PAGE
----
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Meet Anastasiia Baydyuk, SIS Graduate Student Speaker

Ahead of the 2024 SIS Spring Commencement ceremony on May 11, we spoke with this year’s graduate student speaker, Anastasiia Baydyuk, SIS/MA ’24.

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When Russia’s full-scale invasion of Ukraine began in February 2022, Anastasiia Baydyuk, SIS/MA ’24, was living in Ukraine with her family.

In just a matter of hours, everything changed. As Russia launched its war in Ukraine, Baydyuk, who was admitted to graduate school at SIS before the invasion began, started coordinating logistics for humanitarian aid and ensuring supplies were getting to the frontlines, where both her husband and stepfather were fighting at the start of the war.

As the war raged, Baydyuk was confronted with a difficult decision: would she attend graduate school at SIS as planned, or stay in Ukraine to support the war effort?

“I was very hesitant to leave my family in the trenches and go to the US and study, but at the same time, I realized that by doing so, I am investing in the future of my country, and I will still be able to help them even from far away,” Baydyuk said.

Baydyuk is the graduate student speaker for the 2024 SIS spring commencement ceremony on May 11. We sat down with Baydyuk to hear more about her journey at SIS ahead of this year’s ceremony. 

Finding a Path to SIS

When the COVID-19 pandemic hit in 2020, Baydyuk was working toward her bachelor’s degree in Chinese Linguistics from Zhejiang University in China. She moved home to Ukraine as the pandemic swept across the world in 2020 and completed her studies online.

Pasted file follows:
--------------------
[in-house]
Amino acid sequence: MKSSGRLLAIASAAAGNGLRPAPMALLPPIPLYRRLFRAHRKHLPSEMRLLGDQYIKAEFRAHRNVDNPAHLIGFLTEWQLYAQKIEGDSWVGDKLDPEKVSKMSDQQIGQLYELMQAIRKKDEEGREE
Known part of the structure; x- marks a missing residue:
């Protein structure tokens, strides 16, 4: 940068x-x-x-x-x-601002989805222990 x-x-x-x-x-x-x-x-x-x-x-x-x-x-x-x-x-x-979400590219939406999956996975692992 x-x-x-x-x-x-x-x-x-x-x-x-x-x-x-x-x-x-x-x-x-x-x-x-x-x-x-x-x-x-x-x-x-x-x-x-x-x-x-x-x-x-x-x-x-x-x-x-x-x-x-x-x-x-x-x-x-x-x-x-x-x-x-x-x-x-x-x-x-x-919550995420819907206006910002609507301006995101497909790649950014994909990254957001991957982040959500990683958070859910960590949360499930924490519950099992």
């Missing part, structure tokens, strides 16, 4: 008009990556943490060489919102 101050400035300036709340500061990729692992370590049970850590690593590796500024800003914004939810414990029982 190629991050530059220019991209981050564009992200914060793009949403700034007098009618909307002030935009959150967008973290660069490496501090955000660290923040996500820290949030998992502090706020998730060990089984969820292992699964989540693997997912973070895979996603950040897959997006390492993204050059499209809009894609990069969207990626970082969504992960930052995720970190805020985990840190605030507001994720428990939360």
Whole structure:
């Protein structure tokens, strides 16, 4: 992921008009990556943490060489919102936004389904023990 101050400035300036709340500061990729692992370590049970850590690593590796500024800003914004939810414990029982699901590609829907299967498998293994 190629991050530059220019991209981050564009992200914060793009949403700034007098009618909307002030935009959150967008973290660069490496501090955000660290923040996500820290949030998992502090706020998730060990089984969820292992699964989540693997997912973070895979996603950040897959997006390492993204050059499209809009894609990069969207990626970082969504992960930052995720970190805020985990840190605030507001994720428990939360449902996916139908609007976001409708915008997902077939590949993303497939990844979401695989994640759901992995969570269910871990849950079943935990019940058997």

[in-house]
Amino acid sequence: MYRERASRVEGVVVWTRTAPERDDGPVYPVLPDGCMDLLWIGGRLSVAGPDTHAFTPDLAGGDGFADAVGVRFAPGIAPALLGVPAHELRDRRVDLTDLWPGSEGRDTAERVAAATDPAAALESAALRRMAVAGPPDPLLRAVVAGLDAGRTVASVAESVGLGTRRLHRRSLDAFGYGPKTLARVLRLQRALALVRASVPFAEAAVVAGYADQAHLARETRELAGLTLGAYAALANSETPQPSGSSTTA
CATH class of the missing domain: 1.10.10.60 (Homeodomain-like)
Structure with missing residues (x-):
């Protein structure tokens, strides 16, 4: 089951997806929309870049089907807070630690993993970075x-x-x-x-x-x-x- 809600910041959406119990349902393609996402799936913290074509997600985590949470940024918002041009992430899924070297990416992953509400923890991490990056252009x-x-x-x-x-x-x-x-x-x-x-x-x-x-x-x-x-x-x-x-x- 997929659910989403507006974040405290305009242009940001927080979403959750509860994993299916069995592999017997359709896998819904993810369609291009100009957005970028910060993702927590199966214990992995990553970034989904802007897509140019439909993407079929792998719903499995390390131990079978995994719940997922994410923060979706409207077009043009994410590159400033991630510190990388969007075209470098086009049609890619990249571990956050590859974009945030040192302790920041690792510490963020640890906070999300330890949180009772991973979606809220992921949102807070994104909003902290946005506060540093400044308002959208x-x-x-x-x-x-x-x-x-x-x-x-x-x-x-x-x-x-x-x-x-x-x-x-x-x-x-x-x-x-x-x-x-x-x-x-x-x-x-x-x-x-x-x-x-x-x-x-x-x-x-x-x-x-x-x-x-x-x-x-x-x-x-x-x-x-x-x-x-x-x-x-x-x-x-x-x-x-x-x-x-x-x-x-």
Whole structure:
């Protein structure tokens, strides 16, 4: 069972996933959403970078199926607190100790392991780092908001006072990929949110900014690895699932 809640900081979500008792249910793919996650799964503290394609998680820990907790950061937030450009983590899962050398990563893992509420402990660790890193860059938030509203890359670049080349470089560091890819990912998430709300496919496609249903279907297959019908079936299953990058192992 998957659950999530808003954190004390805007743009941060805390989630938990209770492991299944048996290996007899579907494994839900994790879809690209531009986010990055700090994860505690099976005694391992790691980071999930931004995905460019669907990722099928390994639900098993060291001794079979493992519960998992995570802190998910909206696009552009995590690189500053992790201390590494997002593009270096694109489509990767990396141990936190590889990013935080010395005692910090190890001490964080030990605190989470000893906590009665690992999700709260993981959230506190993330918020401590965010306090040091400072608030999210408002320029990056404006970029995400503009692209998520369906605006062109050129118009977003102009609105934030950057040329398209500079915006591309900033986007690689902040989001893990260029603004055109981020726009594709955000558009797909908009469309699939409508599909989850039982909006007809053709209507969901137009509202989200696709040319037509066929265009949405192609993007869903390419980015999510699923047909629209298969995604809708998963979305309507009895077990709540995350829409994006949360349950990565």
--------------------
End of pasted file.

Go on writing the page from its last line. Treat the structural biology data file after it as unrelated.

Moving home opened the door to a new opportunity for Baydyuk with the National Agency of Ukraine on Civil Service, where she became an intern in the International Affairs Department. The internship gave Baydyuk real-world experience in policy issues, including NATO and EU integration matters for Ukraine.

When Russia’s invasion began, Baydyuk transitioned into humanitarian aid work with charitable organizations focused on supporting soldiers on the frontlines. In the midst of the war, Baydyuk’s future seemed uncertain.

Anastasiia Baydyuk sits at a table with sign that says “My economic situation changed very significantly with the start of the invasion, and I was no longer able to pay for the [SIS master’s] degree the way I was planning to,” Baydyuk shared. “But the stars aligned, and I got the full Martin H. Steiner scholarship that it made it possible for me to come to the US and study.”

The Martin H. Steiner Scholarship Fund was established in 2013 to honor the memory of Martin H. Steiner, SIS/MA ’92, by supporting SIS master’s students who are preparing for careers in diplomacy and foreign service.

With the scholarship in hand, Baydyuk made the difficult decision to leave Ukraine to attend graduate school at SIS.

Studying Peace

While at SIS, Baydyuk was a student in the International Peace and Conflict Resolution program. When she was searching for graduate schools and programs, Baydyuk said the IPCR program “immediately resonated” with her because it aligned with her personal purpose for pursuing the degree: “It's not to develop international relations. It's not even solely for security-related matters. It is really about peace for me, and it is about resolving conflict and not just freezing it and then waiting for it to erupt again.”